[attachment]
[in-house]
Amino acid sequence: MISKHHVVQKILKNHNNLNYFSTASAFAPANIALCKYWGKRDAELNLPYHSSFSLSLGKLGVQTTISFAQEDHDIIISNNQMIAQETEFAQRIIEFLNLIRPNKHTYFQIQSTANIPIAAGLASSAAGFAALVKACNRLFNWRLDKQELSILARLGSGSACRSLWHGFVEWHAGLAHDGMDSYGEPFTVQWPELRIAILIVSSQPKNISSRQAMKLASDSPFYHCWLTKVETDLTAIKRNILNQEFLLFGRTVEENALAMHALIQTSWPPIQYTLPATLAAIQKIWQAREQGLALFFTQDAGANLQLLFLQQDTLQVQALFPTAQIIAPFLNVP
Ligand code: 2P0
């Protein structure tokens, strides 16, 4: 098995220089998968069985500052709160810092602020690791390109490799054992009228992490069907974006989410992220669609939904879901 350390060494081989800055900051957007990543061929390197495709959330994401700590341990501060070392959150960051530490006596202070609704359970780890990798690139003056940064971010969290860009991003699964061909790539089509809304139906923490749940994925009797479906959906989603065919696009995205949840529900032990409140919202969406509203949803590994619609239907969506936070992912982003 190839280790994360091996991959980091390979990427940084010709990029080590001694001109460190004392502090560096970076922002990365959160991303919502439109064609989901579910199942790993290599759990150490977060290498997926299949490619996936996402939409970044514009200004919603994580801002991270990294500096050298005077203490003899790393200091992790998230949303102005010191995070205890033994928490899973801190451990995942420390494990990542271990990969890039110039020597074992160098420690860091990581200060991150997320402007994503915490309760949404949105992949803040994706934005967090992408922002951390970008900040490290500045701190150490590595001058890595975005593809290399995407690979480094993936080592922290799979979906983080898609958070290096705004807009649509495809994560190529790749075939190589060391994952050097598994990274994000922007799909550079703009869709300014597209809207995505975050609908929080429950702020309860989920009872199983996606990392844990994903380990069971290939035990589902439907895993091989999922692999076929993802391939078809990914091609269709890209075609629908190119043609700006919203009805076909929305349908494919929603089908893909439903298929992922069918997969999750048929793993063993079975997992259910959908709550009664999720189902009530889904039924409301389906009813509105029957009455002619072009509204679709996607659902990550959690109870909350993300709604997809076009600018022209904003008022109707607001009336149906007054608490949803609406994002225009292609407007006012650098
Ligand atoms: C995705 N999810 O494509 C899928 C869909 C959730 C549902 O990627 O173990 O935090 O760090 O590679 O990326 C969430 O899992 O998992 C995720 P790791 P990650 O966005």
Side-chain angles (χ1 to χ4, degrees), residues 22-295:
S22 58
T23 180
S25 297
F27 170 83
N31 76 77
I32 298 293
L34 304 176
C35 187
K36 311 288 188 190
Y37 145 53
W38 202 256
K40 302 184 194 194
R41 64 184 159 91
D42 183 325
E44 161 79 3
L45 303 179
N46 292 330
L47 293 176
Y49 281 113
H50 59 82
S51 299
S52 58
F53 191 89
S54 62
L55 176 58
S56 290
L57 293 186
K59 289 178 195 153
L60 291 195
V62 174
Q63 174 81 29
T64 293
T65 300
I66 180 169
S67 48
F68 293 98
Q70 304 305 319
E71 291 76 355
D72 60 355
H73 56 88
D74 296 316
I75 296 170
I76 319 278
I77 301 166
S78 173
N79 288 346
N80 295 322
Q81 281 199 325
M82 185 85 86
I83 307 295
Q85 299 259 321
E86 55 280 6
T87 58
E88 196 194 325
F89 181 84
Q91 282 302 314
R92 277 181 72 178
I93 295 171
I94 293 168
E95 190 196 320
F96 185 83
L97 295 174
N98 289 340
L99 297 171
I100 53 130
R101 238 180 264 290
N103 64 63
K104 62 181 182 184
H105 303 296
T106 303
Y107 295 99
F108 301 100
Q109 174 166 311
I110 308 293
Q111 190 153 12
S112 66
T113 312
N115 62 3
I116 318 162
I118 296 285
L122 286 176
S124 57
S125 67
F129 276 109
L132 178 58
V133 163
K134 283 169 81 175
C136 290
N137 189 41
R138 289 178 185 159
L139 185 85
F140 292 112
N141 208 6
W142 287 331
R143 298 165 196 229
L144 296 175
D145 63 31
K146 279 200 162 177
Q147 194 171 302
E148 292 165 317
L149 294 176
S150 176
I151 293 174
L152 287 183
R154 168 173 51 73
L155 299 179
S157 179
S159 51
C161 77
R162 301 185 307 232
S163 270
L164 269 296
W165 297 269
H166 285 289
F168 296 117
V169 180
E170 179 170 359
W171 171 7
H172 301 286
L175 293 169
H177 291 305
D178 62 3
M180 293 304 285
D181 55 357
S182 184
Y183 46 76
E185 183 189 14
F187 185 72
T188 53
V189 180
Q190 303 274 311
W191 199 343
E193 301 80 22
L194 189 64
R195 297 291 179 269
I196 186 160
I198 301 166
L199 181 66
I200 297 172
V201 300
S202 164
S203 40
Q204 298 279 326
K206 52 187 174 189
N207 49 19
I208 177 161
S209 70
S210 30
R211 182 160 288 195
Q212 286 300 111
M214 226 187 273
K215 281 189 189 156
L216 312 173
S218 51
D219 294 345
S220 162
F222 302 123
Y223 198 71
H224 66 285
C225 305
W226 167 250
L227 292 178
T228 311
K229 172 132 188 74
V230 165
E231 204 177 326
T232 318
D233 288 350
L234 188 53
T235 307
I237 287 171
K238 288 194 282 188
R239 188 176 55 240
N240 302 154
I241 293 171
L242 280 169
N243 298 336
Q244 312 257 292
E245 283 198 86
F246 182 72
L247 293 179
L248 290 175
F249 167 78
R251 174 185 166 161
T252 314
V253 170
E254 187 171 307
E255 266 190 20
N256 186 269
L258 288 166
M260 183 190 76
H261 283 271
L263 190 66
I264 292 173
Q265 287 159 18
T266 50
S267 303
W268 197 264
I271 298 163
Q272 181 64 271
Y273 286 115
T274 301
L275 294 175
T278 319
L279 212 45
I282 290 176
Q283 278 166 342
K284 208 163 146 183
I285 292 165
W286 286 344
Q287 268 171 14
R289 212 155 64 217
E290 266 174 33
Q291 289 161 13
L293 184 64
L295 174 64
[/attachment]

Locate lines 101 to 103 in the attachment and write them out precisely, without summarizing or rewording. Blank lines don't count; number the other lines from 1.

R143 298 165 196 229
L144 296 175
D145 63 31